Susan

#80 weinoo

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Posted 12 November 2006 - 12:56 PM

I let it rise longer than the first batch, but it actually seems even soupier than the first loaf I made. There was just no way to place it seam-side down for the second rising, because there was no way to make a fold or a seam. So we'll see in a couple of hours.

Susan

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Exactly what my dough was like - and even though I floured the towel very well, the dough still stuck...but I'm looking forward to batch #3, using merrybaker's ingredient measurements.

And Fromartz, great idea to use the "old dough." How long will it stay active in the fridge?

Question - is everyone using a/p flour, or bread flour? I'm been using Gold Medal bread flour and wonder if I should just try it with a/p?
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#81 merrybaker

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Posted 12 November 2006 - 01:49 PM

If you think your LC pot is clean, just wait until it sits in a 450 oven for 45 minutes -- empty.

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Same with the Corningware I used. :shock:

and even though I floured the towel very well, the dough still stuck

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If you have rice flour, try using that to flour the towel. It's like Teflon for sticky doughs.

Question - is everyone using a/p flour, or bread flour? I'm been using Gold Medal bread flour and wonder if I should just try it with a/p?

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Did you use regular GM bread flour or their new Harvest King? I used King Arthur bread flour, but thought I might try their a/p next time.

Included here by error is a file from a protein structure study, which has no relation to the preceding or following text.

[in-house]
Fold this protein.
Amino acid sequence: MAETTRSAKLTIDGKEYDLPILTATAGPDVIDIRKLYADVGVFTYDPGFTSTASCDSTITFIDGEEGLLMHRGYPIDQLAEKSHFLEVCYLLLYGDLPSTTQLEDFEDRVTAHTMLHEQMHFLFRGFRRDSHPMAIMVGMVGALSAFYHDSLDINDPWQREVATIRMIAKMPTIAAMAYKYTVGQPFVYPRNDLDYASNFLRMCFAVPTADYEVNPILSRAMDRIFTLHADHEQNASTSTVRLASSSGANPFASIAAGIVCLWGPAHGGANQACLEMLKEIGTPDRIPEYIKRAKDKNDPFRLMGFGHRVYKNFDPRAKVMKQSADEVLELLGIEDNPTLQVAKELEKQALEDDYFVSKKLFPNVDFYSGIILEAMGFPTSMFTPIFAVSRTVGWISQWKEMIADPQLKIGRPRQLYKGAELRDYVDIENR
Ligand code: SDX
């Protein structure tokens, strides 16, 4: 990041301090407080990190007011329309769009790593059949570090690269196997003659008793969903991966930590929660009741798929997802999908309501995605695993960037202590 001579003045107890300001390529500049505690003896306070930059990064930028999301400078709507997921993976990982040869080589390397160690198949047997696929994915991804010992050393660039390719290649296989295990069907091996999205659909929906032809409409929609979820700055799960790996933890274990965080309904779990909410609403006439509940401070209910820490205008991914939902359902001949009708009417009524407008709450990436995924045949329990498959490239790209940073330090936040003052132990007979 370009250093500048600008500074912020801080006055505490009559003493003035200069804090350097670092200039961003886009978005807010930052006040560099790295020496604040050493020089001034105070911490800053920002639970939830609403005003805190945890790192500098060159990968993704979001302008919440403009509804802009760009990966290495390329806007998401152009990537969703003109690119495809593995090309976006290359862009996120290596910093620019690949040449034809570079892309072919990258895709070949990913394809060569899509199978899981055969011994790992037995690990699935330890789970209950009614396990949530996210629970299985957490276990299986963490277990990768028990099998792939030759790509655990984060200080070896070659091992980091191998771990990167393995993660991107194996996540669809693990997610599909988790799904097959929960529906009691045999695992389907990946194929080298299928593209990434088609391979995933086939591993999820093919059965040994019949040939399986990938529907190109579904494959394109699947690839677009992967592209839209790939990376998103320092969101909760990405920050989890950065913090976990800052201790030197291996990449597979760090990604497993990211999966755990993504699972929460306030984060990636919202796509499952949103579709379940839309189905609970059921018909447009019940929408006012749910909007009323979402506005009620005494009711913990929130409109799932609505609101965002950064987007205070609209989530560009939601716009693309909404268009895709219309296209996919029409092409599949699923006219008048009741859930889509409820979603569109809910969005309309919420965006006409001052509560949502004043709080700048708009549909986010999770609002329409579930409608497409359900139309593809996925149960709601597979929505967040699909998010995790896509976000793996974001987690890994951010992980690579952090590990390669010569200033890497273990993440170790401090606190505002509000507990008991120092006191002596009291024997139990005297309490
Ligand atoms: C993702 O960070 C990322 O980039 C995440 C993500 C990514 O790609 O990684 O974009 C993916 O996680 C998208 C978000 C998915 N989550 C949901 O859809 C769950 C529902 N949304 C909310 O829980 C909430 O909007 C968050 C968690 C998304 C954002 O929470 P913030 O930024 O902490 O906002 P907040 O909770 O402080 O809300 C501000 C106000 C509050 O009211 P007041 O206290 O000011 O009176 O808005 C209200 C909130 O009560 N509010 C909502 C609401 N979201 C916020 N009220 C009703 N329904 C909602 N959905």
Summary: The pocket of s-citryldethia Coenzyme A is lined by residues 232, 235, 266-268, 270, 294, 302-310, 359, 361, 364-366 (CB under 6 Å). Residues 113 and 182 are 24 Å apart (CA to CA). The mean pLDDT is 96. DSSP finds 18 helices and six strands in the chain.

#82 dockhl

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Posted 12 November 2006 - 02:55 PM

I bake my bread in a covered terra cotta pot (Schlemmertopf) that's essentially a cheaper version of the "La Cloche" product mentioned in the article.  The results are far, far better than with steaming the whole oven.

The bread will release from just about any surface after it's done baking.  You shouldn't need to worry about the seasoning in your pan.

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rxrfrx~

do you soak your pot first and then heat it to 450" ?

#83 phlawless

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Posted 12 November 2006 - 03:09 PM

I started my first attempt this afternoon. Some details:

-Like a lot of the other posts I read, my dough was very wet, so I added probably an extra 1/2-2/4 c flour. I am using a locally milled unbleached all purpose. I also used filtered water.

-I don't think our kitchen is quite 70 degrees, so I might let it go a little longer if needed. We are making pizza tonight for supper, so with the oven being opened a lot, maybe it will warm it up...we'll see.

Here's my dough after mixing:

Posted Image
"Godspeed all the bakers at dawn... may they all cut their thumbs and bleed into their buns til they melt away..."

#84 Abra

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Posted 12 November 2006 - 03:57 PM

Having read about the "too wet" doughs, and trusting the 42% solution, I started with 18 oz of flour. I didn't have bread flour in the house, and used King Arthur all purpose. The dough was actually too dry (!) and I added a couple of tablespoons of water to get a moist, shaggy mass. Having worked with slack doughs a fair amount, I'd say this wasn't nearly as wet as a ciabatta would normally be. Based on comments here, I also upped the salt to 2 tsp of DC kosher.

The only yeast I have right now is SAF Gold, which is an instant yeast formulated for sweet and fermented doughs. Although it's not what's called for, I figured it would work fine with the overnight ferment.

My oven has a Proof setting, so I let the dough proof in that for about 8 hours, then turned off the oven for the night and left the dough to its own devices in the slightly warmed oven overnight.

I was able to round the dough up onto a boule with no problem. The dough wasn't sticky or wet, just tender.

Posted Image
I set it on floured parchment, since I couldn't see any reason to use a towel. I did cover it with a floured towel. It didn't rise much during the second rise period, maybe 25 - 30%.

I baked it in my cloche, which I preheated at 450 for 45 minutes. I didn't soak the cloche.

Posted Image